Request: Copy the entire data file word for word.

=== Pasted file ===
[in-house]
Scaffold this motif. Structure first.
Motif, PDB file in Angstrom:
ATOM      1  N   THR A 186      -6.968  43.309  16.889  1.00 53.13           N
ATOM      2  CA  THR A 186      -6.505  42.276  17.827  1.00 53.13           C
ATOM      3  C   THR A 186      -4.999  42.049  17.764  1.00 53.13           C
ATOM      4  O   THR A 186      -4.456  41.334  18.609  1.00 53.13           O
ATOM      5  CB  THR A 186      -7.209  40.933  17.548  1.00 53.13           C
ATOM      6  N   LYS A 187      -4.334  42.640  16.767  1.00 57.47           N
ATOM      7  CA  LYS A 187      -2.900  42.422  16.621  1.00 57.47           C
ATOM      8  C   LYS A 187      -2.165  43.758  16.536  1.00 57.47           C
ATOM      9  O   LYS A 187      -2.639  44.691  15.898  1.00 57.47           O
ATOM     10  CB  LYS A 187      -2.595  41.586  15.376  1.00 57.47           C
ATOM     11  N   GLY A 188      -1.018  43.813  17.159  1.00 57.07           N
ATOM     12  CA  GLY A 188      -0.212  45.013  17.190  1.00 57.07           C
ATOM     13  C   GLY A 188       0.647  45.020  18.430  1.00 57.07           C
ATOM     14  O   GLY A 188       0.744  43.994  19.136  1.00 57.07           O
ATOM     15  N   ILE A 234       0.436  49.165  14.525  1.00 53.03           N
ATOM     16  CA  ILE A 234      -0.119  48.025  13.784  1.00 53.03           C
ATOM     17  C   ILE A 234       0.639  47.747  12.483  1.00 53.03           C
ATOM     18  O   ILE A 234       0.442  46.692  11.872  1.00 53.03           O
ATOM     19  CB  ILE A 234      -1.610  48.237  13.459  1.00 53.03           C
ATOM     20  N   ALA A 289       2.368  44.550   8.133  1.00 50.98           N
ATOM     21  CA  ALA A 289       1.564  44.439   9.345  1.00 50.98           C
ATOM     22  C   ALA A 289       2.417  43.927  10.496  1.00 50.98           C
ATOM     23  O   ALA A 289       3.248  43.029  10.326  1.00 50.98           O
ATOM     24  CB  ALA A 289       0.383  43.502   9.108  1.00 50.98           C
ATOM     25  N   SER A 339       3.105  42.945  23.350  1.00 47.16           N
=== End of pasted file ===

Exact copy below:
[in-house]
Scaffold this motif. Structure first.
Motif, PDB file in Angstrom:
ATOM      1  N   THR A 186      -6.968  43.309  16.889  1.00 53.13           N
ATOM      2  CA  THR A 186      -6.505  42.276  17.827  1.00 53.13           C
ATOM      3  C   THR A 186      -4.999  42.049  17.764  1.00 53.13           C
ATOM      4  O   THR A 186      -4.456  41.334  18.609  1.00 53.13           O
ATOM      5  CB  THR A 186      -7.209  40.933  17.548  1.00 53.13           C
ATOM      6  N   LYS A 187      -4.334  42.640  16.767  1.00 57.47           N
ATOM      7  CA  LYS A 187      -2.900  42.422  16.621  1.00 57.47           C
ATOM      8  C   LYS A 187      -2.165  43.758  16.536  1.00 57.47           C
ATOM      9  O   LYS A 187      -2.639  44.691  15.898  1.00 57.47           O
ATOM     10  CB  LYS A 187      -2.595  41.586  15.376  1.00 57.47           C
ATOM     11  N   GLY A 188      -1.018  43.813  17.159  1.00 57.07           N
ATOM     12  CA  GLY A 188      -0.212  45.013  17.190  1.00 57.07           C
ATOM     13  C   GLY A 188       0.647  45.020  18.430  1.00 57.07           C
ATOM     14  O   GLY A 188       0.744  43.994  19.136  1.00 57.07           O
ATOM     15  N   ILE A 234       0.436  49.165  14.525  1.00 53.03           N
ATOM     16  CA  ILE A 234      -0.119  48.025  13.784  1.00 53.03           C
ATOM     17  C   ILE A 234       0.639  47.747  12.483  1.00 53.03           C
ATOM     18  O   ILE A 234       0.442  46.692  11.872  1.00 53.03           O
ATOM     19  CB  ILE A 234      -1.610  48.237  13.459  1.00 53.03           C
ATOM     20  N   ALA A 289       2.368  44.550   8.133  1.00 50.98           N
ATOM     21  CA  ALA A 289       1.564  44.439   9.345  1.00 50.98           C
ATOM     22  C   ALA A 289       2.417  43.927  10.496  1.00 50.98           C
ATOM     23  O   ALA A 289       3.248  43.029  10.326  1.00 50.98           O
ATOM     24  CB  ALA A 289       0.383  43.502   9.108  1.00 50.98           C
ATOM     25  N   SER A 339       3.105  42.945  23.350  1.00 47.16           N